Then DOC head Doug Catoe said the agency's handling of health care is improving. He said he would allow Fricks to remain in her position because he is pleased with her performance.

Members of the State Senate Corrections and Penology Committee are not as pleased with health care in the state's prison system.

"If you have a medical problem at (a state prison), then put your seat belt on because you might not be treated," said Sen. David Thomas, who chairs the committee. "And if you do get treatment, it might be inadequate."

One prisoner who had just had open-heart surgery was placed in a cell with two smokers, Thomas said. Other prisoners waited more than two weeks after breaking bones to see doctors.

Another committee member, Sen. Ralph Anderson, said the DOC " medical system needs to be overhauled. "It's the world's worst," he said. "It's very difficult for inmates to get medical attention." Then, in November, The State revealed the explosive results of an exhaustive analysis it had performed on DOC employment records: About 8 percent (333) of the state's 4,262 prison guards had criminal records, and about 6 percent (154) of 2,398 other prison workers (kitchen workers, maintenance, etc.) were hired despite having criminal records.

The convictions include assault and battery, aggravated assault, burglary, drug possession, contributing to the delinquency of a minor and weapons violations. Additionally, the newspaper reported, 15 percent of those guards who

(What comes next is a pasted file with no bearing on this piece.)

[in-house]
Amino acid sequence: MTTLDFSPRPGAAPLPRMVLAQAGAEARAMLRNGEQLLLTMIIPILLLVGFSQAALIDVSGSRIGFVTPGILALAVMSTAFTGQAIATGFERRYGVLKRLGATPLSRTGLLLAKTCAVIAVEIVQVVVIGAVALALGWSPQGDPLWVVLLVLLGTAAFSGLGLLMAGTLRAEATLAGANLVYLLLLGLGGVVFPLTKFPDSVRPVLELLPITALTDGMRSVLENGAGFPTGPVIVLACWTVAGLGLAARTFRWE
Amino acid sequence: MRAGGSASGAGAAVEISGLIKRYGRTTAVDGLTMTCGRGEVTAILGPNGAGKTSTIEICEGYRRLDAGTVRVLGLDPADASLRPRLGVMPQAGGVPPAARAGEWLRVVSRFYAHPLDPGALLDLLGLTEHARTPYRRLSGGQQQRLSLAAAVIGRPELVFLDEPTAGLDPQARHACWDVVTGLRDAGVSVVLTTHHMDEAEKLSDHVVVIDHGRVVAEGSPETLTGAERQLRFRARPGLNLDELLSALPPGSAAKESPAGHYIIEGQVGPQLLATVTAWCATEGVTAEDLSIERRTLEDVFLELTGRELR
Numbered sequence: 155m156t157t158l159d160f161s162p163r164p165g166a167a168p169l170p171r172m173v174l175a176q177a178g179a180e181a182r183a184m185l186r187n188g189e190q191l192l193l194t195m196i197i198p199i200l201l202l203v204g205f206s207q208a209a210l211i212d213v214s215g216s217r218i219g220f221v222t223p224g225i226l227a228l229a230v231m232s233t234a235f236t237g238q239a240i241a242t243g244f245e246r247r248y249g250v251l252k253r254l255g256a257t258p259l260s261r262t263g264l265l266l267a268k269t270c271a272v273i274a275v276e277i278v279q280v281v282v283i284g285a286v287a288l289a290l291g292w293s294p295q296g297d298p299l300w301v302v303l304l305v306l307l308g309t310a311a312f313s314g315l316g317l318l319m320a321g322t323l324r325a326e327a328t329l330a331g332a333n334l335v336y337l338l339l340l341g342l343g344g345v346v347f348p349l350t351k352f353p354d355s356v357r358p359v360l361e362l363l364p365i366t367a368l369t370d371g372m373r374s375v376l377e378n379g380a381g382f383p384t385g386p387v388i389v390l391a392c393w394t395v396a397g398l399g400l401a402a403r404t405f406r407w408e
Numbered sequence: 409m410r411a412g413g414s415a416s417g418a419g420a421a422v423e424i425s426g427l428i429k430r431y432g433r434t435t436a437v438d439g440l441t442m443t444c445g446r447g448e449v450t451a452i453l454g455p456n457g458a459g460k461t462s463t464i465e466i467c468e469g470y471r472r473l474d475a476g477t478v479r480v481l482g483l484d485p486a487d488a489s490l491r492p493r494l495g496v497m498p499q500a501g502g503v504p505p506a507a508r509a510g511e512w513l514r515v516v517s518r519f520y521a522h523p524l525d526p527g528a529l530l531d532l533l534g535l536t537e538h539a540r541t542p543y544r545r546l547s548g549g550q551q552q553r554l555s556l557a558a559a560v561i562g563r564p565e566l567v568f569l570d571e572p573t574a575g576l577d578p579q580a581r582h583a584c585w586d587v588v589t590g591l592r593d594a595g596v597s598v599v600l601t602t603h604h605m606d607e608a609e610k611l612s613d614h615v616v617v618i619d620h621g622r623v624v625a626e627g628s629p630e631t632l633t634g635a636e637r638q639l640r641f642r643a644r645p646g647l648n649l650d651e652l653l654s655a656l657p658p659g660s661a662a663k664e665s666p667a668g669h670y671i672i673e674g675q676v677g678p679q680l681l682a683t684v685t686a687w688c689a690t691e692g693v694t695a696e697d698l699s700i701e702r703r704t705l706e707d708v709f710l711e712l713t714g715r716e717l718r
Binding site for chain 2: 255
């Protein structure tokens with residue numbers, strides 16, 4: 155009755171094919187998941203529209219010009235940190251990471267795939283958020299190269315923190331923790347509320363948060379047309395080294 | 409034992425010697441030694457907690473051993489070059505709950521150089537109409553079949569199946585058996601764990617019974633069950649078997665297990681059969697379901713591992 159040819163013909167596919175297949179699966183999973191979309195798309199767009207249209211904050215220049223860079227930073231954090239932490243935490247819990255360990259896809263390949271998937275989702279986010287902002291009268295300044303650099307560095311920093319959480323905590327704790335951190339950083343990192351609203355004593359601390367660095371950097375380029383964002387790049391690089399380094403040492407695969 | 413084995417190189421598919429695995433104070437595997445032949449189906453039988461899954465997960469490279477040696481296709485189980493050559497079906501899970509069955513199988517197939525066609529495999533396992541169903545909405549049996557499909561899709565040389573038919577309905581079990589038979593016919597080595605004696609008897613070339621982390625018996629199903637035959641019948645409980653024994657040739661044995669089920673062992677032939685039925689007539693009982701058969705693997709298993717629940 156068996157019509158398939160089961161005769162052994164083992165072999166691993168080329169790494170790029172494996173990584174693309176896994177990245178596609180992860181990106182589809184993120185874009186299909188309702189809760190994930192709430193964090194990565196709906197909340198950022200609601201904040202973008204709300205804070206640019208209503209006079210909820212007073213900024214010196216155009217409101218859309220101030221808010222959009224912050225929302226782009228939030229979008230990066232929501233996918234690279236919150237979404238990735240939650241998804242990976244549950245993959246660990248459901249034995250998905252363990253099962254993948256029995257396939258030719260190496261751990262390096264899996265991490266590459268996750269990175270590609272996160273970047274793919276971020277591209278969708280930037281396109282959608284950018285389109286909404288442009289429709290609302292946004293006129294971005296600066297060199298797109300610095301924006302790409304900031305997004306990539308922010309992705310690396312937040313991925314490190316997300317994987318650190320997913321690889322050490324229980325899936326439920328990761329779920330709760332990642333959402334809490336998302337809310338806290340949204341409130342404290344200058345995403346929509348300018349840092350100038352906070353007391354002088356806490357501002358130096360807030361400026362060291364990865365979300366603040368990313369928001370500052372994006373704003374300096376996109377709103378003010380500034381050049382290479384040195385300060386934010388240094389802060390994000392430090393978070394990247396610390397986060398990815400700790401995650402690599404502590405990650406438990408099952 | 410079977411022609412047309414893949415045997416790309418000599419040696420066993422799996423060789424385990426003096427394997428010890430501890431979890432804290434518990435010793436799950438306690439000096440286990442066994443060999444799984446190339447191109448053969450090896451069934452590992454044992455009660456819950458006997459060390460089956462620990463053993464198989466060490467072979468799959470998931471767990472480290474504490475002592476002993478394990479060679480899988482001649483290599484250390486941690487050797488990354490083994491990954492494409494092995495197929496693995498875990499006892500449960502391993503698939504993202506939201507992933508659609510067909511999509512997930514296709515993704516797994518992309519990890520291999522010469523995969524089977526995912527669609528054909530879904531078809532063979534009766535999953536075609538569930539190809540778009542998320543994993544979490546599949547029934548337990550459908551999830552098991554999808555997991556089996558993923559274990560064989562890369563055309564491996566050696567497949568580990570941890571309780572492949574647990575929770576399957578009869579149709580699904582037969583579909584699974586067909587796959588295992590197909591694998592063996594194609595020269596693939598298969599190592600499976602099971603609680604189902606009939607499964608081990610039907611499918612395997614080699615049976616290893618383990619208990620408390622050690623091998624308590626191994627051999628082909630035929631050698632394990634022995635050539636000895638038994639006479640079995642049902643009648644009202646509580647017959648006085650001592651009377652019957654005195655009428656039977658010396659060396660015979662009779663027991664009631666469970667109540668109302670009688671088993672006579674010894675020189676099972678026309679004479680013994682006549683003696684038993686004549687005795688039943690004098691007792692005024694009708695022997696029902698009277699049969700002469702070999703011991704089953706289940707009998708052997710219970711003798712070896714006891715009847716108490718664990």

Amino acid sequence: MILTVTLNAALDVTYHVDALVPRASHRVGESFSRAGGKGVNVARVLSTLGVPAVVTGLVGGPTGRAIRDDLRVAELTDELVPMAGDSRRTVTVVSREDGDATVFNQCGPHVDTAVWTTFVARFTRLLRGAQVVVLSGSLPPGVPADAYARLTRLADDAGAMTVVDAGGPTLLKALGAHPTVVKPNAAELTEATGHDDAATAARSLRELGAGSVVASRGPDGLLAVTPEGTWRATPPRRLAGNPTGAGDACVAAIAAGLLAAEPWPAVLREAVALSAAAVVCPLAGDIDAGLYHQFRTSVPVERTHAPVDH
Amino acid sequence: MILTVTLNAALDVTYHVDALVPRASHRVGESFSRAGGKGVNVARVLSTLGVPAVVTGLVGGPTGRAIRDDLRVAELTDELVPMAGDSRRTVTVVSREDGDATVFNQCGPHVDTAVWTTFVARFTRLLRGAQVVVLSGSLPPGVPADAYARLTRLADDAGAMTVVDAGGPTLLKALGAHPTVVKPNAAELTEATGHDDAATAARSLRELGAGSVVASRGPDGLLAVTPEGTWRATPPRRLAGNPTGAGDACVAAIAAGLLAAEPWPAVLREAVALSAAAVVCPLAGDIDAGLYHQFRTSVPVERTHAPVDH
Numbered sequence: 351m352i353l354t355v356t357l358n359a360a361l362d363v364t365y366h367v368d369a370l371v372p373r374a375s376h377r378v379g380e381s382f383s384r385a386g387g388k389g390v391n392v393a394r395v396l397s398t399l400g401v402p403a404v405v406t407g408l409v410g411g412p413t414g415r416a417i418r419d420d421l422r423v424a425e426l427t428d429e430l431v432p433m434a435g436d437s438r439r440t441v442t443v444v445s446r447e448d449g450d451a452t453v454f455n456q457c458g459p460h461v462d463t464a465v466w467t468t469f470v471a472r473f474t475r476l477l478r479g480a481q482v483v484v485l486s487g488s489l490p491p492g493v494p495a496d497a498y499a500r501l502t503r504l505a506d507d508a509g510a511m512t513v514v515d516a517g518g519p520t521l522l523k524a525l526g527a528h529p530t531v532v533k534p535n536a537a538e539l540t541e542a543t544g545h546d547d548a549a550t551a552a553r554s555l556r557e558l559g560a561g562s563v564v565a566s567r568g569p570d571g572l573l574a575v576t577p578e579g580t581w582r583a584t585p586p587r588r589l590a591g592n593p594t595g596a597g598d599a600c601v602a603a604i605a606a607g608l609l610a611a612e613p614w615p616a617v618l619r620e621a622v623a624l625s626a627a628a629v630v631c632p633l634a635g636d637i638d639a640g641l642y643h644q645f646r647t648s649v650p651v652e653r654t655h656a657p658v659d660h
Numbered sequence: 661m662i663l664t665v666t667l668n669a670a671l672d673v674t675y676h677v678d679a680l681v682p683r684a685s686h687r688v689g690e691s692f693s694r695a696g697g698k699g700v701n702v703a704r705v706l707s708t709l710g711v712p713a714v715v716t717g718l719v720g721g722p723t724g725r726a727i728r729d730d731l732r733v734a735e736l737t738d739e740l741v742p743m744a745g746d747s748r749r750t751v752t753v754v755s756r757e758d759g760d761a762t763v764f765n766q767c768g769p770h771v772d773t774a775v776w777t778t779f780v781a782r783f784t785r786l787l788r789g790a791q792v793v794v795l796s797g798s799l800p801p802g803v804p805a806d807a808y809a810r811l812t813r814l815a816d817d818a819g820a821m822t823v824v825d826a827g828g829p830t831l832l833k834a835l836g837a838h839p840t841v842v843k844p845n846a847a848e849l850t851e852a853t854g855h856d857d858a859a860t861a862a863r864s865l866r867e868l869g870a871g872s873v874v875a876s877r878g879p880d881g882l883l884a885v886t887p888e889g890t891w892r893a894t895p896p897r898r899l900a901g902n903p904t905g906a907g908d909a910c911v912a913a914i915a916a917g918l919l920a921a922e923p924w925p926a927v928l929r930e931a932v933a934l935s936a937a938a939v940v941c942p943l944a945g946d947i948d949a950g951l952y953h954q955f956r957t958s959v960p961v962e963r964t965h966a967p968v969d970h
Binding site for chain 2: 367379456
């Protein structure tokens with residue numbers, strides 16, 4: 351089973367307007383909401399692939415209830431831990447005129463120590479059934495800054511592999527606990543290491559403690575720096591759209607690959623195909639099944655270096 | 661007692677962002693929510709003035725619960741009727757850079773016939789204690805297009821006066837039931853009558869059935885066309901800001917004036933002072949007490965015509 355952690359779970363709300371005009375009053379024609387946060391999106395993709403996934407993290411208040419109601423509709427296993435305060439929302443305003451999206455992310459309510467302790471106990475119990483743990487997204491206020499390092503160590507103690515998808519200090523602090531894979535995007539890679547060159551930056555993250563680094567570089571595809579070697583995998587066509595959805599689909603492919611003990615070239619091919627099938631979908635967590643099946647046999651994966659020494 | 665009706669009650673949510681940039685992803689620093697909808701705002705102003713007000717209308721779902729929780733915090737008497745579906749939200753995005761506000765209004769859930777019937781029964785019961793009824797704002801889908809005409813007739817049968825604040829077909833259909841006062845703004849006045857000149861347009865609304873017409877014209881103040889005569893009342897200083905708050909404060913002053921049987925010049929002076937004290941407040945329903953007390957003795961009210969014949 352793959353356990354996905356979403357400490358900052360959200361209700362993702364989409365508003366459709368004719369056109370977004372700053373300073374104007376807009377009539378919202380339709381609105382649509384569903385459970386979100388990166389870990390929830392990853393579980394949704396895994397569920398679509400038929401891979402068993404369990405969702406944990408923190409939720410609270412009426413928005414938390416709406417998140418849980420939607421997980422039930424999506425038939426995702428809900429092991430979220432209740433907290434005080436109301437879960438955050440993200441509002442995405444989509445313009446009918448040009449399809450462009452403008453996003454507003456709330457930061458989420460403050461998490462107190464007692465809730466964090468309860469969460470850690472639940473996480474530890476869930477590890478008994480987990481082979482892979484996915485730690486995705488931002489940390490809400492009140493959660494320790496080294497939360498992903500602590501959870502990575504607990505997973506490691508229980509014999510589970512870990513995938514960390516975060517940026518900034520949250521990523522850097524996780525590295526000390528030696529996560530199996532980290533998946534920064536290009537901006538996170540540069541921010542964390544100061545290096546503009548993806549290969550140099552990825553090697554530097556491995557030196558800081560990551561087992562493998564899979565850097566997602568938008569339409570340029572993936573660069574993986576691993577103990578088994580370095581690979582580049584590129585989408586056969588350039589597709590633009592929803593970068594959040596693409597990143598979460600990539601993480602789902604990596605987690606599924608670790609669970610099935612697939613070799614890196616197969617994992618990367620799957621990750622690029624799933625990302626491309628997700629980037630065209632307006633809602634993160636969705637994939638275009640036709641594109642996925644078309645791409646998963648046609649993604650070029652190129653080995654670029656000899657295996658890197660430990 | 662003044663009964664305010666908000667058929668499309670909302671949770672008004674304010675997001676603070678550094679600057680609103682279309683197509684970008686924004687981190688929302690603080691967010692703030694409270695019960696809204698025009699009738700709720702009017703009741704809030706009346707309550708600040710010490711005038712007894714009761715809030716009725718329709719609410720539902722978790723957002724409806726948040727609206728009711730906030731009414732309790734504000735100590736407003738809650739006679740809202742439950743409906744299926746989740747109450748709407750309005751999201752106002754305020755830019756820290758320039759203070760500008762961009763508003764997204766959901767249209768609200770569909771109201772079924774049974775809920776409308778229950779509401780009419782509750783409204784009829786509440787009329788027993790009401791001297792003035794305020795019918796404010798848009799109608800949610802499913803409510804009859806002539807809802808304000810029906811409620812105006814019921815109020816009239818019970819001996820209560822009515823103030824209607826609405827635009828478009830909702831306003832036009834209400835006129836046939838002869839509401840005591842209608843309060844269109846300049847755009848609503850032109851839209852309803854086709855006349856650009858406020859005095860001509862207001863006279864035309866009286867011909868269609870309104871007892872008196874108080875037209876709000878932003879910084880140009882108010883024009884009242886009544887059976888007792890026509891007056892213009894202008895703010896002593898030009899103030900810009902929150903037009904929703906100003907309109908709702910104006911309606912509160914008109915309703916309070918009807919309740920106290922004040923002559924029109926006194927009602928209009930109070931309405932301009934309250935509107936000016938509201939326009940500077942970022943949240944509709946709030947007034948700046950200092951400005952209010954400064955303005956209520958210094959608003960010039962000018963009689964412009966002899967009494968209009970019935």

had criminal convictions when hired went on to commit additional crimes after they were hired.

The analysis found that in the past 10 years, the DOC hired 1,035 people with criminal records. The majority, 767, were convicted for bad checks, driving under the influence or other traffic crimes. Convictions for disorderly conduct, simple assault, trespassing and shoplifting account for 251 more violations. Two were convicted of fishing or hunting violations.

The analysis uncovered 38 convictions for assault, 30 for domestic violence, 22 for drunkenness or illegal liquor possession, 19 for weapons offenses, 17 for marijuana possession, 12 for contempt of court, and six each for contributing to the delinquency of a minor, larceny or resisting an officer.

A few prison workers have been convicted of vehicular homicide, accessory to murder, aggravated assault, kidnapping, prostitution and sexual assault on minors, among others.

Then DOC director Catoe said the agency looks into whether a job applicant has "paid their debt" to society. He added that it's tough to find job applicants who want to be guards for the salaries South Carolina pays. The starting salary is a little more than $19,000.

"In some cases, we're kind of an employer of last resort," Catoe said, adding that more and more applicants now have criminal records.

Governor Hodges, who reappointed Catoe to head the DOC in 1999, had stood by the prisons director through the mounting storm of controversy surrounding the agency. But reports that prisoners assigned to work in and around the governor's mansion had sex there while he was not home were "the straw that broke the camel's back," Hodges said.

"We've got to get confidence back in the Department of Corrections," the governor said, "but the first and most important thing is to get these folks out of my house."

Hodges appointed former FBI agent Dodge Frederick to head the DOC.

Sources: The State, Spartanburg HeraldJournal, The Greenville News, Associated Press.